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  • Writer's pictureAnton Kuchuhidze

International Press Review dated 4 - 15 September 2023

Many international media have traditionally written specifically about the need for Ukraine's membership in the EU, about its future victory on the battlefield, and about the additional and constant support of Western partners of our country.

The Washington Post published an interesting story, in which an American officer shares his views and predictions regarding the success of Ukraine's counteroffensive. The officer is impressed by the professionalism and zeal of the Ukrainian military, given the limited training and equipment provided to them by the West. However, he was and remains optimistic about the prospects for offensive operations next year, when most mobile military equipment will arrive to Ukraine from NATO.

In his opinion, no one would have achieved better results without air superiority and long-range artillery systems. Therefore, the progress demonstrated by the Ukrainians is extraordinary. "If the Biden administration is interested in ending this war", he said, "then it will provide the long-range weapons (Army Tactical Missile System, Harpoon anti-ship missiles, Reaper drones, F-16s), more M113 armoured personnel carriers, Bradley Fighting Vehicles and Abrams tanks." So, the partners are aware that additional weapons are needed for the complete victory of Ukraine.

In another editorial in The Washington Post, the authors argue that Ukraine deserves EU membership, but still needs to put efforts in it. However, it is critically important that the EU, and especially its most powerful members, Germany and France, set Ukraine's membership as a goal. However, Ukraine is the most important player in promoting this goal.

Besides, an important event was the visit of Secretary of State Blinken to Kyiv, who confirmed Washington's long-term support for Ukraine's fight to repel the Russian invaders and promised more than USD 1 billion in additional aid to Ukraine. The Wall Street Journal notes that Blinken's visit is the most high-profile one by a US official after President Biden's visit to Ukraine. Undoubtedly, this visit was aimed at supporting Kyiv and its Western allies, as well as sending a message to the Kremlin that Washington has no intention of backing down.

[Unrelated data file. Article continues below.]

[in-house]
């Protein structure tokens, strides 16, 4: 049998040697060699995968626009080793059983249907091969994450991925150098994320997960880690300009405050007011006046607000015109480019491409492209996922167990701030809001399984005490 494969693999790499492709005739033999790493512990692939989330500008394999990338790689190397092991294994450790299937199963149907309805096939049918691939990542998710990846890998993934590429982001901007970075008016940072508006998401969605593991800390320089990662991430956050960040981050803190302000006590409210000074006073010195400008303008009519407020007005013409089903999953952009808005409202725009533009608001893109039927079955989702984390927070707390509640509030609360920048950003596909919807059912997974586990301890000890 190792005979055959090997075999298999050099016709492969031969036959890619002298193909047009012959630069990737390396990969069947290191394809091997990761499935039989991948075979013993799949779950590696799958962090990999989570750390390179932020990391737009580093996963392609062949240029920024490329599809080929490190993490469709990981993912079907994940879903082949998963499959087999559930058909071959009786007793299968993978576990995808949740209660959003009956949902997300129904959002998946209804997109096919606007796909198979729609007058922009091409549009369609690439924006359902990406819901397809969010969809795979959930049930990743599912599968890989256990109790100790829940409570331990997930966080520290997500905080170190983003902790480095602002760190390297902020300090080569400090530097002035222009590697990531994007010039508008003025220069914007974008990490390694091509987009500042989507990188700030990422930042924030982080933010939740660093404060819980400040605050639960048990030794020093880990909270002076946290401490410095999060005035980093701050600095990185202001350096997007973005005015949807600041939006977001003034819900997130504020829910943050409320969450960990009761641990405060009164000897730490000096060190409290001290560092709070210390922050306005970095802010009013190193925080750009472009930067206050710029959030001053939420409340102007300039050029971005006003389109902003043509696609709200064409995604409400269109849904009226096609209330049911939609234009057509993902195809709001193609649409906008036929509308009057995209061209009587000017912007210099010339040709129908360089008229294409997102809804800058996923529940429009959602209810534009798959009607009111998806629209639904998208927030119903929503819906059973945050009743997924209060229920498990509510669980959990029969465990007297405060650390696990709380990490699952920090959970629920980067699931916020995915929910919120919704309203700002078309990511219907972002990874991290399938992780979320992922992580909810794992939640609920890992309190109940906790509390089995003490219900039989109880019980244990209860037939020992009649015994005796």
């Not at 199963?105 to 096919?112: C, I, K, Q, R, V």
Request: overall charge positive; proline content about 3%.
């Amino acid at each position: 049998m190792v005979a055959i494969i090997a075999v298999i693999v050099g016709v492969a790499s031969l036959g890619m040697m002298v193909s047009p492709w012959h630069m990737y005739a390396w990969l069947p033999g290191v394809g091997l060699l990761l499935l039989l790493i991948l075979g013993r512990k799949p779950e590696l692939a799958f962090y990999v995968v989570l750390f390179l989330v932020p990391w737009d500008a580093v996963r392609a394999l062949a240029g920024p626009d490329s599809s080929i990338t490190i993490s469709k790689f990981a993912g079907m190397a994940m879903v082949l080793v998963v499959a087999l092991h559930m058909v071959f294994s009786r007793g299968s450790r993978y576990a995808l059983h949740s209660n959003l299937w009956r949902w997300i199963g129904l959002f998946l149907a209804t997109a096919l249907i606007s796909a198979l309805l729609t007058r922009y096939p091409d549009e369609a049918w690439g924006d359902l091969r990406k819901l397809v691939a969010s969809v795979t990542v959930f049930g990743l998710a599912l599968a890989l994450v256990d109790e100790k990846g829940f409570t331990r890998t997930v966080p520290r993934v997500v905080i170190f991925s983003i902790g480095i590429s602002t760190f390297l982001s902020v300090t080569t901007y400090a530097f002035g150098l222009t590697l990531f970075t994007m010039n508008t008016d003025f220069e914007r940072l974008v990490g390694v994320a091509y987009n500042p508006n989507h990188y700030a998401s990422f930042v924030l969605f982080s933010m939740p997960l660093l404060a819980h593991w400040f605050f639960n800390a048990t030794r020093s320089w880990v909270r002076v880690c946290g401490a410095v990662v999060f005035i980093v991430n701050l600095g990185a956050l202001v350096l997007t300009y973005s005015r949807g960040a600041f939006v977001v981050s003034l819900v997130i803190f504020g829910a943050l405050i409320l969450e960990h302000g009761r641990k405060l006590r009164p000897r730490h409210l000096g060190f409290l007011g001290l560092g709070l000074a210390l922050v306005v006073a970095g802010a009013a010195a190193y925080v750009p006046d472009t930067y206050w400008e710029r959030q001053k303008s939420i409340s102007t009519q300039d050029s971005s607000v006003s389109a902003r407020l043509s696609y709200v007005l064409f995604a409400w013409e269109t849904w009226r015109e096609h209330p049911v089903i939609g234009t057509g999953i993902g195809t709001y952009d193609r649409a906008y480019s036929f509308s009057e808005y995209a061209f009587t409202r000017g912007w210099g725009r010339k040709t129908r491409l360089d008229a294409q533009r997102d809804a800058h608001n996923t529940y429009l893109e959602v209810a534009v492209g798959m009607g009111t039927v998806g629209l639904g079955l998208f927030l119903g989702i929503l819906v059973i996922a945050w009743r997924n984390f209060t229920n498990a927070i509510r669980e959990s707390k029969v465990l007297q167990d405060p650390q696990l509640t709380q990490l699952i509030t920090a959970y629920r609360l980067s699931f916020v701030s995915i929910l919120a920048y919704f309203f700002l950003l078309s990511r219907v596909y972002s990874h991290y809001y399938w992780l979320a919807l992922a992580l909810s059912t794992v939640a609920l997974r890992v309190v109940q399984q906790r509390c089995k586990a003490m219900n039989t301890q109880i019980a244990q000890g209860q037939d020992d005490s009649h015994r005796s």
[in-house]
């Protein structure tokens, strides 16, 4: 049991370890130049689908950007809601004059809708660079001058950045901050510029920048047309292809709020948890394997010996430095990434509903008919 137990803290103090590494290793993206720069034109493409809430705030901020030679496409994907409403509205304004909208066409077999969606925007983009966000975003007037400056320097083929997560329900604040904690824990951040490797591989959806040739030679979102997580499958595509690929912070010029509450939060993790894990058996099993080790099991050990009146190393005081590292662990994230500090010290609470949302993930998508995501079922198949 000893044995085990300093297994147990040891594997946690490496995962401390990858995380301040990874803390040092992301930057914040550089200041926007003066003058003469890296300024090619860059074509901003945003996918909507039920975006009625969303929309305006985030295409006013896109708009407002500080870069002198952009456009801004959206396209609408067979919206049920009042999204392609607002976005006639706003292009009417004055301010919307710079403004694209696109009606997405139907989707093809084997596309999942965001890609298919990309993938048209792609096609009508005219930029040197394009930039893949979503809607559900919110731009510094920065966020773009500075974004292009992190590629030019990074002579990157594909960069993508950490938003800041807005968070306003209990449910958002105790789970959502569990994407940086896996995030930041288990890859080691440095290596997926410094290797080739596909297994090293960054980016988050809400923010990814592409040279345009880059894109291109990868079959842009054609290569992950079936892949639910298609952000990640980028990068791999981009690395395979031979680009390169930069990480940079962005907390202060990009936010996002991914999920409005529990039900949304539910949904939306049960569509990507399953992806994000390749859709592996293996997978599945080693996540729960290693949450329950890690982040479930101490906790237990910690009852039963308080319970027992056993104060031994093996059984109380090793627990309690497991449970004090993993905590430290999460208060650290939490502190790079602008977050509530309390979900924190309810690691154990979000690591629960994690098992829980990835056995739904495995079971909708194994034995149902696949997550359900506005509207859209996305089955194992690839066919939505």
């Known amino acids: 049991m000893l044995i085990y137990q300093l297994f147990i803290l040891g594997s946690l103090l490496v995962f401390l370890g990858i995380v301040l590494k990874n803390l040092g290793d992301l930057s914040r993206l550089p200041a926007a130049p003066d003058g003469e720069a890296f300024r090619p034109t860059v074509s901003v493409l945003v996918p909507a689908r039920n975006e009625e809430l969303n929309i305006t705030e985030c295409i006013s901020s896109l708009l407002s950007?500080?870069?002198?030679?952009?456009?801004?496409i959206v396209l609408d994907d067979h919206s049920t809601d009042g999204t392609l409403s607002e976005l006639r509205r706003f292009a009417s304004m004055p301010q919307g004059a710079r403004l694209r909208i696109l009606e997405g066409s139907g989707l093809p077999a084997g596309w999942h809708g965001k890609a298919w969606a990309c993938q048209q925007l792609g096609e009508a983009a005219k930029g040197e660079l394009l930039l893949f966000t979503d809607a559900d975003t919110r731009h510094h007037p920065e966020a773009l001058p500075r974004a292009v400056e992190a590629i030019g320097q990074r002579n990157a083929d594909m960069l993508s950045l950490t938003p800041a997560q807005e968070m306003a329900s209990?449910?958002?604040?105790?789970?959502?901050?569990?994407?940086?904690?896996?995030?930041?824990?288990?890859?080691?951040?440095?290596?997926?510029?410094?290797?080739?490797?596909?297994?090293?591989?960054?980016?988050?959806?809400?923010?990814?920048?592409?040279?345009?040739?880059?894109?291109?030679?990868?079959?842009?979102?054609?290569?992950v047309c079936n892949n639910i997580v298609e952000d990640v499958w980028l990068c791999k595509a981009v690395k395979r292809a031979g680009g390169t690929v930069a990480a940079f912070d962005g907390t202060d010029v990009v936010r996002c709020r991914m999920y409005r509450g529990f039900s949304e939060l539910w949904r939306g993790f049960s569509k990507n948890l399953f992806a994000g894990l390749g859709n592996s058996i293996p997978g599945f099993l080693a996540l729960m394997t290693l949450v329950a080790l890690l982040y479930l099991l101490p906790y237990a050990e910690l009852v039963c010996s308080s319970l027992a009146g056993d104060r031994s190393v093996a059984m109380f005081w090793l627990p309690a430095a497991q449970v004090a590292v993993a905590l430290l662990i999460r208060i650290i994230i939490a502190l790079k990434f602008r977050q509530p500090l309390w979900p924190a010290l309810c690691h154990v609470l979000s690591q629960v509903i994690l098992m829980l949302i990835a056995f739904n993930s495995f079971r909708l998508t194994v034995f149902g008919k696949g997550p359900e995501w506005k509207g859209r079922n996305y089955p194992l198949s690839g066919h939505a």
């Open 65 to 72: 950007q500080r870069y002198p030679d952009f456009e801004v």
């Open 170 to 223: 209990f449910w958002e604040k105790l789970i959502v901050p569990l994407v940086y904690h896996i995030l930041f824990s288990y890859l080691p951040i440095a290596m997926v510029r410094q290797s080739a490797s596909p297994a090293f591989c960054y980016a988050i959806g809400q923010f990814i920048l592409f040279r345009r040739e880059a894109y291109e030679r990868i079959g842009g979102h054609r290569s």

Apart Blinken, German Foreign Minister Annalena Baerbok came to Kyiv. Reuters writes that during her visit to Kyiv on Monday, the minister stated that Ukraine's place was in the European Union, and promised additional financial aid.

A review of the international press shows that international support for Ukraine is only growing, and Ukraine's membership in European institutions, as well as victory on the battlefield are close. The EU's solidarity with Ukraine and its people remains unwavering. Not only the future of the Ukrainian people, but also the future of the entire European continent is at stake. I am sincerely grateful to our Western partners for their firm and consistent support of our country.

Still, it is critical that the E.U. and especially its most powerful members, Germany and France, fix Ukraine’s eventual E.U. membership as a goal. Equally critical, no player will be more important in advancing that goal than Ukraine itself.

That means, first and foremost, that President Volodymyr Zelensky demonstrate that he is more than the inspirational wartime leader by dint of his gift for astute domestic and international messaging. He will also have to prove — to Ukrainians and to the outside world — that he has the managerial chops and determination to implant independent, trusted and enduring systems and public institutions.